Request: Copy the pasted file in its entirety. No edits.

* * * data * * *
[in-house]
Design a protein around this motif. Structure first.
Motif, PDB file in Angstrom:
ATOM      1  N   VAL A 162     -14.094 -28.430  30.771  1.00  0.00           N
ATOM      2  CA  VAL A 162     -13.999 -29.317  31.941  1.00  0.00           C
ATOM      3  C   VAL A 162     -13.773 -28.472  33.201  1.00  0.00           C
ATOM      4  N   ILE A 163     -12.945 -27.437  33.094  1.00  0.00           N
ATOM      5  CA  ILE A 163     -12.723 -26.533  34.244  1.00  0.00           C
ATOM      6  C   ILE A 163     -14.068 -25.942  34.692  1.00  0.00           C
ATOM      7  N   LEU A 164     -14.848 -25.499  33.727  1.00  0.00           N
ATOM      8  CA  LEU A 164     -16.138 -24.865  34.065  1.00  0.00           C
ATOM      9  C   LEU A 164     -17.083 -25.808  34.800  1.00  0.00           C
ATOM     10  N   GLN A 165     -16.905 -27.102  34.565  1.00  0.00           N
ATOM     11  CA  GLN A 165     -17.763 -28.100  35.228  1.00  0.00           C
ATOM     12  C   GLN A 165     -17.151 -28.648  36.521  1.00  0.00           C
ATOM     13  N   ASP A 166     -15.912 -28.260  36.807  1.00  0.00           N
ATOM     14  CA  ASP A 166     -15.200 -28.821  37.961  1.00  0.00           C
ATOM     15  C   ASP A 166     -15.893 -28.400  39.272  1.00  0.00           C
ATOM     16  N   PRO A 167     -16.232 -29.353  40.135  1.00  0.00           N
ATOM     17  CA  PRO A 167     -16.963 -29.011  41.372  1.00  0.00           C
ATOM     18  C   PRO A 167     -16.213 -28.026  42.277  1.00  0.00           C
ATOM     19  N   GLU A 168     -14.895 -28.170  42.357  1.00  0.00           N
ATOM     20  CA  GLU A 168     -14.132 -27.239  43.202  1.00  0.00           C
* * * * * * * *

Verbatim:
[in-house]
Design a protein around this motif. Structure first.
Motif, PDB file in Angstrom:
ATOM      1  N   VAL A 162     -14.094 -28.430  30.771  1.00  0.00           N
ATOM      2  CA  VAL A 162     -13.999 -29.317  31.941  1.00  0.00           C
ATOM      3  C   VAL A 162     -13.773 -28.472  33.201  1.00  0.00           C
ATOM      4  N   ILE A 163     -12.945 -27.437  33.094  1.00  0.00           N
ATOM      5  CA  ILE A 163     -12.723 -26.533  34.244  1.00  0.00           C
ATOM      6  C   ILE A 163     -14.068 -25.942  34.692  1.00  0.00           C
ATOM      7  N   LEU A 164     -14.848 -25.499  33.727  1.00  0.00           N
ATOM      8  CA  LEU A 164     -16.138 -24.865  34.065  1.00  0.00           C
ATOM      9  C   LEU A 164     -17.083 -25.808  34.800  1.00  0.00           C
ATOM     10  N   GLN A 165     -16.905 -27.102  34.565  1.00  0.00           N
ATOM     11  CA  GLN A 165     -17.763 -28.100  35.228  1.00  0.00           C
ATOM     12  C   GLN A 165     -17.151 -28.648  36.521  1.00  0.00           C
ATOM     13  N   ASP A 166     -15.912 -28.260  36.807  1.00  0.00           N
ATOM     14  CA  ASP A 166     -15.200 -28.821  37.961  1.00  0.00           C
ATOM     15  C   ASP A 166     -15.893 -28.400  39.272  1.00  0.00           C
ATOM     16  N   PRO A 167     -16.232 -29.353  40.135  1.00  0.00           N
ATOM     17  CA  PRO A 167     -16.963 -29.011  41.372  1.00  0.00           C
ATOM     18  C   PRO A 167     -16.213 -28.026  42.277  1.00  0.00           C
ATOM     19  N   GLU A 168     -14.895 -28.170  42.357  1.00  0.00           N
ATOM     20  CA  GLU A 168     -14.132 -27.239  43.202  1.00  0.00           C